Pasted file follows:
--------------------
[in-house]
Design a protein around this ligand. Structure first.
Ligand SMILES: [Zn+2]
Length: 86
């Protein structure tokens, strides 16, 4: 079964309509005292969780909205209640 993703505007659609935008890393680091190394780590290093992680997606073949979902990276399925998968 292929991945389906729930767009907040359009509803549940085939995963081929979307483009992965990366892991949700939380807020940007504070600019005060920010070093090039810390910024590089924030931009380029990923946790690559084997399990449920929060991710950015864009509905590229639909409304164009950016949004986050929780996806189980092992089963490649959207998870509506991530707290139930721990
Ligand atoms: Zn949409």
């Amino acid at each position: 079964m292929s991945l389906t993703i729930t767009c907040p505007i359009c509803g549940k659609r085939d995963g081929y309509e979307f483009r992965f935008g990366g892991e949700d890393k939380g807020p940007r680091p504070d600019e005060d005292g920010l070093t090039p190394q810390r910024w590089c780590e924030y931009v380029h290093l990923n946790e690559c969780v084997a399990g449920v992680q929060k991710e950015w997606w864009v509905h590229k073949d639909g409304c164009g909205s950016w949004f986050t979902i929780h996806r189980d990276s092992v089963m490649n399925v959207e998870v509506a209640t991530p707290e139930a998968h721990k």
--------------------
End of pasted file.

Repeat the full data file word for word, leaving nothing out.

[in-house]
Design a protein around this ligand. Structure first.
Ligand SMILES: [Zn+2]
Length: 86
């Protein structure tokens, strides 16, 4: 079964309509005292969780909205209640 993703505007659609935008890393680091190394780590290093992680997606073949979902990276399925998968 292929991945389906729930767009907040359009509803549940085939995963081929979307483009992965990366892991949700939380807020940007504070600019005060920010070093090039810390910024590089924030931009380029990923946790690559084997399990449920929060991710950015864009509905590229639909409304164009950016949004986050929780996806189980092992089963490649959207998870509506991530707290139930721990
Ligand atoms: Zn949409």
């Amino acid at each position: 079964m292929s991945l389906t993703i729930t767009c907040p505007i359009c509803g549940k659609r085939d995963g081929y309509e979307f483009r992965f935008g990366g892991e949700d890393k939380g807020p940007r680091p504070d600019e005060d005292g920010l070093t090039p190394q810390r910024w590089c780590e924030y931009v380029h290093l990923n946790e690559c969780v084997a399990g449920v992680q929060k991710e950015w997606w864009v509905h590229k073949d639909g409304c164009g909205s950016w949004f986050t979902i929780h996806r189980d990276s092992v089963m490649n399925v959207e998870v509506a209640t991530p707290e139930a998968h721990k």